"Get yourself some puppets, put 'em on ice skates, and you'll be a millionaire," laments one character in the Avenue Theater's interactive murder mystery Murder Most Fowl, a nine-year-old production that annually lampoons local celebrities and events. At a recent performance of the show, that line drew gentle laughter and murmured comments from play-goers--a reaction that's the goal of many improvisational comedy groups. Unfortunately, it's also the sort of response that can become a death rattle for actors who push the envelope of social commentary too far, bringing to mind American playwright George S. Kaufman's supposed quip, "Satire is what closes on Saturday night."
But under the direction of John Ashton, the current installment of MMF doesn't stretch the satire too much. Though clearly inspired by the vintage antics of John Belushi and company (what modern-day comedy troupe isn't?), Ashton and his seasoned cast weave their improvisational one-liners into a loosely structured murder mystery. They even encourage an informal party atmosphere to flourish in the theater. Ashton flirts with the audience before the show and at intermission, though sometimes his friendly banter bears an unintended resemblance to the stereotypical chatter of a twelve-step meeting: "My name's John. Welcome. How did you hear about us?" is his hospitable refrain.
Once the pre-show warmup ends, the lights come up on the backstage area of the mythical Consortium Theater, which is a hotbed of innuendo: We watch Hammond Deggs (Trace Oakley), an itinerant actor, share bits of behind-the-scenes gossip with Max Nugget (Dale Stewart), a flamboyantly gay stage manager. Meanwhile, Dexter Coop (Bill Berry), an oft-drunken theatrical producer, and Holly Pharme (Deborah Persoff), a promiscuous leading lady, punctuate their sleazy interludes with cutting remarks about a handful of Denver personalities.
We quickly learn that the Consortium's leading man, Robert Poulet (an offstage voice supplied by Alan Dumas), is more trouble than his famous name is worth at the box office. After the insufferable ham is murdered by an unknown assailant (fulfilling the secret fantasies of theater practitioners everywhere), Lieutenant Sanders (Ashton), a Columbo-like cop, enters the theater and questions each member of the theatrical troupe. As he gradually becomes convinced that his best help in solving the crime resides on the other side of the footlights, Ashton stops his interrogation of the onstage characters and asks the audience members for their advice. He tells us that after a concession-filled intermission, we will be encouraged to question the actors about any incriminating behavior.
When Act Two begins, theater-goers challenge the characters to provide alibis and explanations for their conduct during the first half of the play. The actors handle themselves remarkably well, providing plausible explanations while simultaneously delivering a few wisecracks in the direction of the local constabulary. The audience members join in, routinely greeting each of Lieutenant Sanders's bungling escapades with a one-word epithet of their own: "Boulder!"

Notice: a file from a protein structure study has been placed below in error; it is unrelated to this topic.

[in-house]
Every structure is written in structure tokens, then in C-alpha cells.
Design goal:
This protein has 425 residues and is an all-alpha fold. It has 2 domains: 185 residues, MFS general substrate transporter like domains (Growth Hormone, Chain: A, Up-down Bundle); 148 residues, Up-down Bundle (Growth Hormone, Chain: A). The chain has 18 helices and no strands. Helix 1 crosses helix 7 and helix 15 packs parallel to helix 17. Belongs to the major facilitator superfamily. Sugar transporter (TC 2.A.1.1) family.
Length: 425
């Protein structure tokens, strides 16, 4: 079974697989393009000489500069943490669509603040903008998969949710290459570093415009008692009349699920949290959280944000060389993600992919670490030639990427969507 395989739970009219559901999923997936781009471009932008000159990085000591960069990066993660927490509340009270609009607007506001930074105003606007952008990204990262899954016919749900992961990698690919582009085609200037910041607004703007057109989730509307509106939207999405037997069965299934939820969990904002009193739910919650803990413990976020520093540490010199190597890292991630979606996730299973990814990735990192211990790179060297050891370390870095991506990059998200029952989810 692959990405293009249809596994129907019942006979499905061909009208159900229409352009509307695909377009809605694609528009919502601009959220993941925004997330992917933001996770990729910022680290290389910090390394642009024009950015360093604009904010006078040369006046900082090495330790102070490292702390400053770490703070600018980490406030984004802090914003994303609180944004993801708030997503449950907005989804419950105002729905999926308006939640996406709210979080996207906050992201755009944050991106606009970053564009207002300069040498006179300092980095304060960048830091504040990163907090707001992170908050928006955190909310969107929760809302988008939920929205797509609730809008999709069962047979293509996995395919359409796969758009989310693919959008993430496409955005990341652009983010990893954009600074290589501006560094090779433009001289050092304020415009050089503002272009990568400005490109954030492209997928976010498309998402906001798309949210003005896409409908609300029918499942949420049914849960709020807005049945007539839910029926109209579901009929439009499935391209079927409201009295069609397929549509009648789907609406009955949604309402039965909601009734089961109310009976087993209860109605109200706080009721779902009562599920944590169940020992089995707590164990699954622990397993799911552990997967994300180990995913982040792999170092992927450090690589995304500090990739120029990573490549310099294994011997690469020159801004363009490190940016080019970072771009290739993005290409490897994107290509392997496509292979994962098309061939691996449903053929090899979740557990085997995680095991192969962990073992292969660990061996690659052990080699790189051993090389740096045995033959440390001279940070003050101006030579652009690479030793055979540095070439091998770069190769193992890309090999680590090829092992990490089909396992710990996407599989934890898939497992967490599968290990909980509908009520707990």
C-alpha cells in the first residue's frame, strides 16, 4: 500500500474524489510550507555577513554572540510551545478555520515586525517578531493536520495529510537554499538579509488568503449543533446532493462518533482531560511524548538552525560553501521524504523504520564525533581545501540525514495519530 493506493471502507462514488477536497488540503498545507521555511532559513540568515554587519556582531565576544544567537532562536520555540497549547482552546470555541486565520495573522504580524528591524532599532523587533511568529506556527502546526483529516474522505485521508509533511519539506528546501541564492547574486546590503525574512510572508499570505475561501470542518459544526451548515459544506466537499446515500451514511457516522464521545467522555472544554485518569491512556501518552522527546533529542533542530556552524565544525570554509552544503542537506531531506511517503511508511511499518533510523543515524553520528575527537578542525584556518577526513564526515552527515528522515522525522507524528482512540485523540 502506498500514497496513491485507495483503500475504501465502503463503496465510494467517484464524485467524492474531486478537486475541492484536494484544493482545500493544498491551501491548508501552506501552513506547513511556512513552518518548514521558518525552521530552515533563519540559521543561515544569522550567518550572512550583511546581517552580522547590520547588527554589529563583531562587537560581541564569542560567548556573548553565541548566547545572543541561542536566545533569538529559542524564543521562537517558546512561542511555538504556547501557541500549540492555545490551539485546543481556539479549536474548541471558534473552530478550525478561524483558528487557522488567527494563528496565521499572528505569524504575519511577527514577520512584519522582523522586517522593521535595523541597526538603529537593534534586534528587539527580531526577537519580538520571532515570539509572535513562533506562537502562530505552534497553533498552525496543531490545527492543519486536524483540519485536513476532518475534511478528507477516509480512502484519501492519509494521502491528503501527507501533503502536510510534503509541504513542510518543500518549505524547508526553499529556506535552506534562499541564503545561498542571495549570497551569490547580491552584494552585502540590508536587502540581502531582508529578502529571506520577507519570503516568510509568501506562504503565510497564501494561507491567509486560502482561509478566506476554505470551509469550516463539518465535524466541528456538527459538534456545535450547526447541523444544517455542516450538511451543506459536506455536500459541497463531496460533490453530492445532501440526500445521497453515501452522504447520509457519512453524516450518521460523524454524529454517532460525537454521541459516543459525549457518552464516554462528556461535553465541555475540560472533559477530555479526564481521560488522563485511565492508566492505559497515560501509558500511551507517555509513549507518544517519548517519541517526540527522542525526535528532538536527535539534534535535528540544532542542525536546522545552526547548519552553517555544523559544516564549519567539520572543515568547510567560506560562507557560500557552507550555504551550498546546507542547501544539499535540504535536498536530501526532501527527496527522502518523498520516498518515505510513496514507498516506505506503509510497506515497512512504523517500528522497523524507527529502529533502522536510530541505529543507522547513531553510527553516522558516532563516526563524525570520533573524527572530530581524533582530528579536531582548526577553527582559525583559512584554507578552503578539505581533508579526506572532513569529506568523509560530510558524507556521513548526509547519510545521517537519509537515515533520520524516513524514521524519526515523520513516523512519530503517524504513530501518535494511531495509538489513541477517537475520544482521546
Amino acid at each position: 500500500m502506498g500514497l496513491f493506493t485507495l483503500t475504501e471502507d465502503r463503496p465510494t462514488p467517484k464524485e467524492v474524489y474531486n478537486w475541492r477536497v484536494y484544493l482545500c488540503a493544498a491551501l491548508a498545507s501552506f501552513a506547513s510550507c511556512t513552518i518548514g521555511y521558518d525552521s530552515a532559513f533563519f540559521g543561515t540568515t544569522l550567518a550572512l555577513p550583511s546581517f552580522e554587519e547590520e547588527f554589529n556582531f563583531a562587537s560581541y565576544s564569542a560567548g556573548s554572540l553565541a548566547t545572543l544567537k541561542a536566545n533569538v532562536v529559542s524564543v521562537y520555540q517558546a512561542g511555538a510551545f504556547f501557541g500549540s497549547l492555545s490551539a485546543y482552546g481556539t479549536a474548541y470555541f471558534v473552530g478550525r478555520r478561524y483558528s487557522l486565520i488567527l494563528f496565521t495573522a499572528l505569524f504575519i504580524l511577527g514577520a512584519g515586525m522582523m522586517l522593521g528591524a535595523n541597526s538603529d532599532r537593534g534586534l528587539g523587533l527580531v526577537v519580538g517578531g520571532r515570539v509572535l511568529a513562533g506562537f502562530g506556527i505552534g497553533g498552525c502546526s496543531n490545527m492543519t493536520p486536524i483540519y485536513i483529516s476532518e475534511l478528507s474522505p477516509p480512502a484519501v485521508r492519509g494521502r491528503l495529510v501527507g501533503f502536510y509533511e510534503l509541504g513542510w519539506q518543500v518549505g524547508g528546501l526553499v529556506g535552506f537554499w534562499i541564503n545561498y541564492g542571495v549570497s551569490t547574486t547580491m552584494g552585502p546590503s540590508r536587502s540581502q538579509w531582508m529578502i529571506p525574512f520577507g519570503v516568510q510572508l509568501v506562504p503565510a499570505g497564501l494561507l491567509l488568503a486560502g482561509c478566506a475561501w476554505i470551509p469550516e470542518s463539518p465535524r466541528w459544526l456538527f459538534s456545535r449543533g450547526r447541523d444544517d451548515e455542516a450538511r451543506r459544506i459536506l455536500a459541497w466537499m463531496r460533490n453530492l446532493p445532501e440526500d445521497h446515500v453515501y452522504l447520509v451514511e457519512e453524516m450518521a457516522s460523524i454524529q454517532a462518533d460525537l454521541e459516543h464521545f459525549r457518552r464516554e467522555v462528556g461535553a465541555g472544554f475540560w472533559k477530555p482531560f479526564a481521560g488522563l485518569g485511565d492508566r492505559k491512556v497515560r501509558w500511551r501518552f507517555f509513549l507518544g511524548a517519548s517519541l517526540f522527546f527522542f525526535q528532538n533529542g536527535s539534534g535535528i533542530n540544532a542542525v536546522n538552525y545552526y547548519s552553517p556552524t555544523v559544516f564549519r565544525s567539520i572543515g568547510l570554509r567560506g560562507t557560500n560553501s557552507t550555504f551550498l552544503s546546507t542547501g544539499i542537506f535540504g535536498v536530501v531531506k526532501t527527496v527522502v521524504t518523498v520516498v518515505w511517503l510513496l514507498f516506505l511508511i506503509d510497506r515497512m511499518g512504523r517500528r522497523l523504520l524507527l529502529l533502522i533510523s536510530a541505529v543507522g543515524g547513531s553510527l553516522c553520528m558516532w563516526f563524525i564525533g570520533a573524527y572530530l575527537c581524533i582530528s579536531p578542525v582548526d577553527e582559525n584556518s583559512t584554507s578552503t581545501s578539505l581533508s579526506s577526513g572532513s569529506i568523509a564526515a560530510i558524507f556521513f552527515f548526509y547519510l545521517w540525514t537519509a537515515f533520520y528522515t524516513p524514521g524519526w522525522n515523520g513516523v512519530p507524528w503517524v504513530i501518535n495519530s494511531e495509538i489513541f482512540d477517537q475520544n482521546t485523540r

Given the enormous popularity of cop humor among the spectators, it's surprising that the performers--many of whom helped write the script--don't take full advantage of the comic windfall made possible by the day-to-day activities of some of Colorado's finest. Then again, restraint on the part of the actors may be doubly intentional: Viewers should have the opportunity to offer some humor of their own in an event billed as "audience-participation theater."
Even so, the audience spends much of the evening trying to guess which real-life people and events will be the targets of the performers' verbal zingers. Considering that the pool of celebrities eligible for comic deflation is filled to capacity this year, you'd think that the actors would have little difficulty in choosing a select few. But their choices often prove to be puzzling. One actor tells us what a local police chief has been doing with his thumbs while an infamous crime remains unsolved, but that's the last we hear of the top cop. Instead, Persoff skewers a local car dealer whose first name is "Big," and Ashton describes a television personality's facial features as being like "all three Marx brothers rolled into one."
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All of which makes the murder-mystery aspect of the show more interesting than its comic segments. Nevertheless, most in the audience seem to enjoy the escapades of the affable quintet, led by Berry's delightful drunk and Stewart's catty queen. And to the actors' credit, they treat their audience with respect, never stooping to the level of some improv groups that strive to embarrass and ridicule their patrons.
This show may not be great satire, but it isn't "Puppets on Ice," either. Somewhere in between those two entertainment forms, Ashton and his crew have fashioned an enjoyable evening of comedy with a distinctive, crowd-pleasing style all its own. And for the admission price of $15, what they offer is enough of a bargain to get you hoping for something even better next year.
Murder Most Fowl, in an open-ended run at the Avenue Theater, 2119 East 17th Avenue, 321-5925.